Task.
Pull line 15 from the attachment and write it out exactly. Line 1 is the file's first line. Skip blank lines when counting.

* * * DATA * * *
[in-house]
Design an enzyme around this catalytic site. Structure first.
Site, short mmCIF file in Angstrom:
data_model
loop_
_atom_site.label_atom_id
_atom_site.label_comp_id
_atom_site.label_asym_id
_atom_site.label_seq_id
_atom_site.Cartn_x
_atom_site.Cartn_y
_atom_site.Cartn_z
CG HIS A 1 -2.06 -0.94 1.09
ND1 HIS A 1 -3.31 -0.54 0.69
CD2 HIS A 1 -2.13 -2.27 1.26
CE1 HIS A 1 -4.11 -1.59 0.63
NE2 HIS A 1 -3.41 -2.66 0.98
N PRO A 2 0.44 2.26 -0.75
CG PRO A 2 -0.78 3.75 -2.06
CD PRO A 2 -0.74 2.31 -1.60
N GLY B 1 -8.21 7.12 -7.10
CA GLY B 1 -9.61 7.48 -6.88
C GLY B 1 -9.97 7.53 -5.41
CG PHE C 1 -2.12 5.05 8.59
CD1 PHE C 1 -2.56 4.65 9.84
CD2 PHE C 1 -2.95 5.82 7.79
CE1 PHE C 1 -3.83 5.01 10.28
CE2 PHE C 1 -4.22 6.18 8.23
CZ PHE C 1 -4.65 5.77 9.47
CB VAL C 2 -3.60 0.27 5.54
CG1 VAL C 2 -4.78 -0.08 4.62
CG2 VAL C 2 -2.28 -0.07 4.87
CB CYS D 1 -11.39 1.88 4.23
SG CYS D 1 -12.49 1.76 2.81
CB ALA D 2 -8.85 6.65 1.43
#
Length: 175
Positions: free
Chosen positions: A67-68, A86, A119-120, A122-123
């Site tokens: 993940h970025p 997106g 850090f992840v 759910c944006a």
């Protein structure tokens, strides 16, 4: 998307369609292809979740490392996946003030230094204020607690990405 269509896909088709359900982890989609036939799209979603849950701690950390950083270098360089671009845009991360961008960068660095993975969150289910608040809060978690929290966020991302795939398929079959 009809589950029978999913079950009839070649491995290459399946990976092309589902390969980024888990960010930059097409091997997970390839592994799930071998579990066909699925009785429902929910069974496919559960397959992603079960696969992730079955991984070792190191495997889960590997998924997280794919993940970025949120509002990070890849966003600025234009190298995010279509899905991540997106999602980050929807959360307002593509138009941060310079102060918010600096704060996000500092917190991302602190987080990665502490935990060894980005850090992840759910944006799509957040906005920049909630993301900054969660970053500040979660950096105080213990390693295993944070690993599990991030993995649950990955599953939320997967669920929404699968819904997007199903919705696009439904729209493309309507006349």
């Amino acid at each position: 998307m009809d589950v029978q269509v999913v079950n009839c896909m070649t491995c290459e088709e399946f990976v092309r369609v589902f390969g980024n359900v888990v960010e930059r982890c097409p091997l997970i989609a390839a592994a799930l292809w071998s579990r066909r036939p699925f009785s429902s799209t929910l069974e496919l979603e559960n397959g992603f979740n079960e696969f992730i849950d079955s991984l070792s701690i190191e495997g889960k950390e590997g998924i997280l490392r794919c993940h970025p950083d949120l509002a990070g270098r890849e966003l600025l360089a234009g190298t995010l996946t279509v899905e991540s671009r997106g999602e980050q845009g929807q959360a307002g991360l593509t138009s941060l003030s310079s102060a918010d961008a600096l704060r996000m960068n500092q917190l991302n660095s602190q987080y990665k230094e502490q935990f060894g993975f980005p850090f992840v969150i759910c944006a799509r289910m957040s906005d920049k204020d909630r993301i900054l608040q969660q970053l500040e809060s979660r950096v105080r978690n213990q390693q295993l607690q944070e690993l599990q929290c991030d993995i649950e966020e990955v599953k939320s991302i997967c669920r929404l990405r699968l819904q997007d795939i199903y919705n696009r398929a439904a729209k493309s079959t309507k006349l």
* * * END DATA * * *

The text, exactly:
CD2 HIS A 1 -2.13 -2.27 1.26